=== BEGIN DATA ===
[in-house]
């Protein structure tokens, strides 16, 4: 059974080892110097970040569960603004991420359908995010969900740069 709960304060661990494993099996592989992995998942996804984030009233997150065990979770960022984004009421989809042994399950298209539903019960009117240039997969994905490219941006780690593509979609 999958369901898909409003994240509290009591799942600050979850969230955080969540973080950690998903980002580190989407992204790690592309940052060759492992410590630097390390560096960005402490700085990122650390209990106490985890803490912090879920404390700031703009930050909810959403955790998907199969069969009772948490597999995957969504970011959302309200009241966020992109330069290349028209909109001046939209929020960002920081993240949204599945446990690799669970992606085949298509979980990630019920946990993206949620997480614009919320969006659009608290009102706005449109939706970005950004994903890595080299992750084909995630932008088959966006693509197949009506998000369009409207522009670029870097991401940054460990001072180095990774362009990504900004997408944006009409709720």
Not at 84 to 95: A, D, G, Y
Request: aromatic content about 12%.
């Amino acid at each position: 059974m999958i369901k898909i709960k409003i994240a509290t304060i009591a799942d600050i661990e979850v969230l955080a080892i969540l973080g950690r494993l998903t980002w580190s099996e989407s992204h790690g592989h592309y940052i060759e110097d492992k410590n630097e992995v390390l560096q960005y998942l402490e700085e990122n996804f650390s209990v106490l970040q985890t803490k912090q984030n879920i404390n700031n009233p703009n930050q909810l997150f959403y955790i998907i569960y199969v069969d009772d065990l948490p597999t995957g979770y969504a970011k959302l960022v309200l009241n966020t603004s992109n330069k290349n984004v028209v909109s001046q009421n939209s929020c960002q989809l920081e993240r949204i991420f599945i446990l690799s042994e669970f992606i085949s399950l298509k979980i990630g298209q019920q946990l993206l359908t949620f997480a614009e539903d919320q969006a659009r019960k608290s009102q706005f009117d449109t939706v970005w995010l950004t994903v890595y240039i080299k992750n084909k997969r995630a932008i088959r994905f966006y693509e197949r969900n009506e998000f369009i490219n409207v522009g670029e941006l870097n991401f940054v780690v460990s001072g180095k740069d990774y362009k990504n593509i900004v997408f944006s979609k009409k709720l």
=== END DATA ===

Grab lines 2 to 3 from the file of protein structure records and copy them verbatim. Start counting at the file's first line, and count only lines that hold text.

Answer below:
């Protein structure tokens, strides 16, 4: 059974080892110097970040569960603004991420359908995010969900740069 709960304060661990494993099996592989992995998942996804984030009233997150065990979770960022984004009421989809042994399950298209539903019960009117240039997969994905490219941006780690593509979609 999958369901898909409003994240509290009591799942600050979850969230955080969540973080950690998903980002580190989407992204790690592309940052060759492992410590630097390390560096960005402490700085990122650390209990106490985890803490912090879920404390700031703009930050909810959403955790998907199969069969009772948490597999995957969504970011959302309200009241966020992109330069290349028209909109001046939209929020960002920081993240949204599945446990690799669970992606085949298509979980990630019920946990993206949620997480614009919320969006659009608290009102706005449109939706970005950004994903890595080299992750084909995630932008088959966006693509197949009506998000369009409207522009670029870097991401940054460990001072180095990774362009990504900004997408944006009409709720």
Not at 84 to 95: A, D, G, Y